87: My Mom Followed Me to College

87: My Mom Followed Me to College

From Chicken Soup for the Soul: Campus Chronicles

My Mom Followed Me to College

Living involves tearing up one rough draft after another.

~Author Unknown

Let me begin with the answer to your first probable question: why in the world would your mother follow you to college?

I have a high-functioning form of autism known as Asperger’s Syndrome. To make it short and simple, I can do the work required of a college student, but I’m really not ready for the independence part of it. However, I wanted to be able to use my gift for writing to make a living someday, and thus began our college search.

We visited Taylor University in Fort Wayne, Indiana in the spring of my junior year of high school and spoke with Dr. Dennis Hensley, the professor who developed their Professional Writing program. It was this visit that convinced me and my parents that our prayers had been answered. It was a small Christian college with a strong writing program, one that would teach me not only how to write, but how to make a living at it. There was only one problem: the school was 1,000 miles away.

To most families, the how-far-away issue would be a minor one, but for my family it meant some major life changes and sacrifices. In order for me to go to this school, my mom would need to be there to support me while my dad financially supported us from Texas, where he serves as a police lieutenant. In order for us to still have family time, my mom would need to limit her work to school weeks only, which would allow for us to be home during holidays and summers. In order to cut costs so that this could happen, we would have to sell our house and move into something very inexpensive.

This was much easier said than done, but after everything was “in order,” we left my dad, my two brothers and their wives, and my two nephews in Texas and moved into a second-story apartment just down the street from the school. My mom got a job as a part-time clerk in our college’s bookstore. I began classes. All seemed well and good, until October 13th — a day that will be etched in my mind forever.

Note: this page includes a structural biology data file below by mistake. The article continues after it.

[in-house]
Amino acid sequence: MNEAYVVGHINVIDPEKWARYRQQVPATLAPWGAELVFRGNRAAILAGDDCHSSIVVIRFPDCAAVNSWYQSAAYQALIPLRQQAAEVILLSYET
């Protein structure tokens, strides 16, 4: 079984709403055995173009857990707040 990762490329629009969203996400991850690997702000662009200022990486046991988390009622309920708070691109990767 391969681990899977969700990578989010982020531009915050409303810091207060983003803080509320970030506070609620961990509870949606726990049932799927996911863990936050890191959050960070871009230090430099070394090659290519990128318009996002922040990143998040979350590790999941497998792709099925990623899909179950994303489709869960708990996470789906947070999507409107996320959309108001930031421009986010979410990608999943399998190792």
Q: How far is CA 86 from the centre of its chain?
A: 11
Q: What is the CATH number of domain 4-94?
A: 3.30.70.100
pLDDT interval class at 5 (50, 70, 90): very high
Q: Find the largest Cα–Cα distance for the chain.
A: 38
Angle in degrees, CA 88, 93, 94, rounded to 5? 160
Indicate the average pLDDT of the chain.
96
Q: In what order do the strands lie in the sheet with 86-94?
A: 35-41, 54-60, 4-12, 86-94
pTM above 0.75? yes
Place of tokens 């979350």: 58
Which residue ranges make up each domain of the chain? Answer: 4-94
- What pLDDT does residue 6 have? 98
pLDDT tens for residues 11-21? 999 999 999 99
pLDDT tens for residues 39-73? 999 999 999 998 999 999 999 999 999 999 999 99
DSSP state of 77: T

It began as any other Monday. Classes at nine. Chapel at ten. Then came the announcement of a special meeting at noon. This meeting would announce the closing of our school on May 31st of the next year. Hold on, I thought. This can’t be happening! Colleges don’t just close up like that, do they?! Didn’t they know the sacrifices our family had made to get me here? The sacrifices the rest of the students’ families had made to get them here? What about them? What about us?

There were lots of questions but not a lot of answers. There was much crying and disbelief, but not much consoling. Time stood still that day at TUFW. And the next. And the next. It was announced that the main campus in Upland, Indiana, would not be closing its doors. Some departments would be moving, but they had not decided which ones. My mom wrote a letter, pleading with them to keep the Professional Writing program and Dr. Hensley. Concerned parents and students called — some irate, some just wanting answers. All were concerned about the future of our school, formerly Fort Wayne Bible College, then Summit Christian College, and finally Taylor University Fort Wayne — a school that taught its students the importance of ministering to the community. This loss would affect not only our school, but also the entirety of the Fort Wayne area.

My story has a happy ending. Dr. Hensley and his Professional Writing program, along with nearly all of the students in it, will continue, uninterrupted, at the main campus next fall. Although the move creates a few new bumps in our road — uncertainty about living arrangements and a job for my mom — my dream of becoming a professional writer is still alive. And while I’m sad about the loss of TUFW, I can truly say that I am happy to have had the opportunity to attend, if only for one year.

~Joel Copling

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